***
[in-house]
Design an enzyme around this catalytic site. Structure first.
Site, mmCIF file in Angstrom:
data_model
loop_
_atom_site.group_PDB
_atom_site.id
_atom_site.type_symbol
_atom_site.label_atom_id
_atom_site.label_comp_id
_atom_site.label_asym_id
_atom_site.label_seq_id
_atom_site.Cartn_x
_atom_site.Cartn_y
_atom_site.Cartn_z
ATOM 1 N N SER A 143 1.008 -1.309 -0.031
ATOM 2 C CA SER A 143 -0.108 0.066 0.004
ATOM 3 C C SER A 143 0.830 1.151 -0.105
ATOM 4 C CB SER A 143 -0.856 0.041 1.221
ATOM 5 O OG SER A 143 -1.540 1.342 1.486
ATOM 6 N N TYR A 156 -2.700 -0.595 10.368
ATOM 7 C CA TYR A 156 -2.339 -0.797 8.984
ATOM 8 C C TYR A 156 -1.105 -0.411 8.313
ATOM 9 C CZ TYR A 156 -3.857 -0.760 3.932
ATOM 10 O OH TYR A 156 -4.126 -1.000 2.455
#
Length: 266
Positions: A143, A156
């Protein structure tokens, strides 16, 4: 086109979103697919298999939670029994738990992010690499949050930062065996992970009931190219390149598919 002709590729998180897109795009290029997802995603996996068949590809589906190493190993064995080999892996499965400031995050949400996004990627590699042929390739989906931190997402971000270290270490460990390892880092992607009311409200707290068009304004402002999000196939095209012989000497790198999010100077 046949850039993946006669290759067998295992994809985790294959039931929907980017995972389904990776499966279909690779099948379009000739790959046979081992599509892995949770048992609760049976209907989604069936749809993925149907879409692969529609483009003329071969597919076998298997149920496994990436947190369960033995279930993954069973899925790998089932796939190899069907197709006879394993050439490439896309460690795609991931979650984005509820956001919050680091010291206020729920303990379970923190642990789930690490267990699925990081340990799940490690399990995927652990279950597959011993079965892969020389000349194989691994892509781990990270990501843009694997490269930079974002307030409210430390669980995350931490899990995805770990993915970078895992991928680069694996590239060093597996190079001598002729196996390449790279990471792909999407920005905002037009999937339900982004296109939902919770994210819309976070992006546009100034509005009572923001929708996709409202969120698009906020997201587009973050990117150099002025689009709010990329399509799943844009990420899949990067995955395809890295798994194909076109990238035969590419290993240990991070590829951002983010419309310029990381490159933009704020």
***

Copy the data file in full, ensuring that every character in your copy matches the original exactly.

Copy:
[in-house]
Design an enzyme around this catalytic site. Structure first.
Site, mmCIF file in Angstrom:
data_model
loop_
_atom_site.group_PDB
_atom_site.id
_atom_site.type_symbol
_atom_site.label_atom_id
_atom_site.label_comp_id
_atom_site.label_asym_id
_atom_site.label_seq_id
_atom_site.Cartn_x
_atom_site.Cartn_y
_atom_site.Cartn_z
ATOM 1 N N SER A 143 1.008 -1.309 -0.031
ATOM 2 C CA SER A 143 -0.108 0.066 0.004
ATOM 3 C C SER A 143 0.830 1.151 -0.105
ATOM 4 C CB SER A 143 -0.856 0.041 1.221
ATOM 5 O OG SER A 143 -1.540 1.342 1.486
ATOM 6 N N TYR A 156 -2.700 -0.595 10.368
ATOM 7 C CA TYR A 156 -2.339 -0.797 8.984
ATOM 8 C C TYR A 156 -1.105 -0.411 8.313
ATOM 9 C CZ TYR A 156 -3.857 -0.760 3.932
ATOM 10 O OH TYR A 156 -4.126 -1.000 2.455
#
Length: 266
Positions: A143, A156
């Protein structure tokens, strides 16, 4: 086109979103697919298999939670029994738990992010690499949050930062065996992970009931190219390149598919 002709590729998180897109795009290029997802995603996996068949590809589906190493190993064995080999892996499965400031995050949400996004990627590699042929390739989906931190997402971000270290270490460990390892880092992607009311409200707290068009304004402002999000196939095209012989000497790198999010100077 046949850039993946006669290759067998295992994809985790294959039931929907980017995972389904990776499966279909690779099948379009000739790959046979081992599509892995949770048992609760049976209907989604069936749809993925149907879409692969529609483009003329071969597919076998298997149920496994990436947190369960033995279930993954069973899925790998089932796939190899069907197709006879394993050439490439896309460690795609991931979650984005509820956001919050680091010291206020729920303990379970923190642990789930690490267990699925990081340990799940490690399990995927652990279950597959011993079965892969020389000349194989691994892509781990990270990501843009694997490269930079974002307030409210430390669980995350931490899990995805770990993915970078895992991928680069694996590239060093597996190079001598002729196996390449790279990471792909999407920005905002037009999937339900982004296109939902919770994210819309976070992006546009100034509005009572923001929708996709409202969120698009906020997201587009973050990117150099002025689009709010990329399509799943844009990420899949990067995955395809890295798994194909076109990238035969590419290993240990991070590829951002983010419309310029990381490159933009704020």